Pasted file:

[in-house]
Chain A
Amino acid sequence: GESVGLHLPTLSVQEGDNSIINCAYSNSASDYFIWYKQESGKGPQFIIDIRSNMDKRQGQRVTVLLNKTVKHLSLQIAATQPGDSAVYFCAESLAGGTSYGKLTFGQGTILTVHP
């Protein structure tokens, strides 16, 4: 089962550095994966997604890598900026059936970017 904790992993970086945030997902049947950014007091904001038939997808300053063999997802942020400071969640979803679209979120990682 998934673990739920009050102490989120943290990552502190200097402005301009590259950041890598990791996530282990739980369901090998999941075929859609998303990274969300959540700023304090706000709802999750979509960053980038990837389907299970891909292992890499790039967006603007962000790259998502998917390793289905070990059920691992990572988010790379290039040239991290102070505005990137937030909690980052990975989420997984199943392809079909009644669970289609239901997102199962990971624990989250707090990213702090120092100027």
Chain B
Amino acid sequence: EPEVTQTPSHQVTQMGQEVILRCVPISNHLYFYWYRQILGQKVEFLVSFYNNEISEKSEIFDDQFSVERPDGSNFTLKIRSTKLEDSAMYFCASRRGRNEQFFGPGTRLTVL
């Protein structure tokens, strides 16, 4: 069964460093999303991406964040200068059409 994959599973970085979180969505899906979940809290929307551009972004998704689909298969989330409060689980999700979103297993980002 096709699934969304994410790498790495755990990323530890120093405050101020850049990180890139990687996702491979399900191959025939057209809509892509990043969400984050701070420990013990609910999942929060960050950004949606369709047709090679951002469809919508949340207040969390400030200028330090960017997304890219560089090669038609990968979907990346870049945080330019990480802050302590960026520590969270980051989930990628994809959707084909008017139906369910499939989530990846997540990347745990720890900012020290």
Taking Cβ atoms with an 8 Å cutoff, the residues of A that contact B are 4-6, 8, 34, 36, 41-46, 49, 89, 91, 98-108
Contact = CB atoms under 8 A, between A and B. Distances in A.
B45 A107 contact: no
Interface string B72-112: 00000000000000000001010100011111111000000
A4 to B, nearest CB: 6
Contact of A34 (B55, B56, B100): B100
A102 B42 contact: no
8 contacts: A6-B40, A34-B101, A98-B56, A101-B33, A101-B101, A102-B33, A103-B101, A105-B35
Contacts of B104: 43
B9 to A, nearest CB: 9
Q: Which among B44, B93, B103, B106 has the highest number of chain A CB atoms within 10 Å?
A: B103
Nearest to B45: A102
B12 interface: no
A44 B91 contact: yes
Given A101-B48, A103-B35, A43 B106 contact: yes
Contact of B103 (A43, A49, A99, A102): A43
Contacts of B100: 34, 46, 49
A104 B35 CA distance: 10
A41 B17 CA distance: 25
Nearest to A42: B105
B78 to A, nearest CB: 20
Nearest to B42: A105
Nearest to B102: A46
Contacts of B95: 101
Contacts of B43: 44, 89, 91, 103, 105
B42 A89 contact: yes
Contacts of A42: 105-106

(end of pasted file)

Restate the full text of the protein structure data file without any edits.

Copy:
[in-house]
Chain A
Amino acid sequence: GESVGLHLPTLSVQEGDNSIINCAYSNSASDYFIWYKQESGKGPQFIIDIRSNMDKRQGQRVTVLLNKTVKHLSLQIAATQPGDSAVYFCAESLAGGTSYGKLTFGQGTILTVHP
């Protein structure tokens, strides 16, 4: 089962550095994966997604890598900026059936970017 904790992993970086945030997902049947950014007091904001038939997808300053063999997802942020400071969640979803679209979120990682 998934673990739920009050102490989120943290990552502190200097402005301009590259950041890598990791996530282990739980369901090998999941075929859609998303990274969300959540700023304090706000709802999750979509960053980038990837389907299970891909292992890499790039967006603007962000790259998502998917390793289905070990059920691992990572988010790379290039040239991290102070505005990137937030909690980052990975989420997984199943392809079909009644669970289609239901997102199962990971624990989250707090990213702090120092100027």
Chain B
Amino acid sequence: EPEVTQTPSHQVTQMGQEVILRCVPISNHLYFYWYRQILGQKVEFLVSFYNNEISEKSEIFDDQFSVERPDGSNFTLKIRSTKLEDSAMYFCASRRGRNEQFFGPGTRLTVL
């Protein structure tokens, strides 16, 4: 069964460093999303991406964040200068059409 994959599973970085979180969505899906979940809290929307551009972004998704689909298969989330409060689980999700979103297993980002 096709699934969304994410790498790495755990990323530890120093405050101020850049990180890139990687996702491979399900191959025939057209809509892509990043969400984050701070420990013990609910999942929060960050950004949606369709047709090679951002469809919508949340207040969390400030200028330090960017997304890219560089090669038609990968979907990346870049945080330019990480802050302590960026520590969270980051989930990628994809959707084909008017139906369910499939989530990846997540990347745990720890900012020290």
Taking Cβ atoms with an 8 Å cutoff, the residues of A that contact B are 4-6, 8, 34, 36, 41-46, 49, 89, 91, 98-108
Contact = CB atoms under 8 A, between A and B. Distances in A.
B45 A107 contact: no
Interface string B72-112: 00000000000000000001010100011111111000000
A4 to B, nearest CB: 6
Contact of A34 (B55, B56, B100): B100
A102 B42 contact: no
8 contacts: A6-B40, A34-B101, A98-B56, A101-B33, A101-B101, A102-B33, A103-B101, A105-B35
Contacts of B104: 43
B9 to A, nearest CB: 9
Q: Which among B44, B93, B103, B106 has the highest number of chain A CB atoms within 10 Å?
A: B103
Nearest to B45: A102
B12 interface: no
A44 B91 contact: yes
Given A101-B48, A103-B35, A43 B106 contact: yes
Contact of B103 (A43, A49, A99, A102): A43
Contacts of B100: 34, 46, 49
A104 B35 CA distance: 10
A41 B17 CA distance: 25
Nearest to A42: B105
B78 to A, nearest CB: 20
Nearest to B42: A105
Nearest to B102: A46
Contacts of B95: 101
Contacts of B43: 44, 89, 91, 103, 105
B42 A89 contact: yes
Contacts of A42: 105-106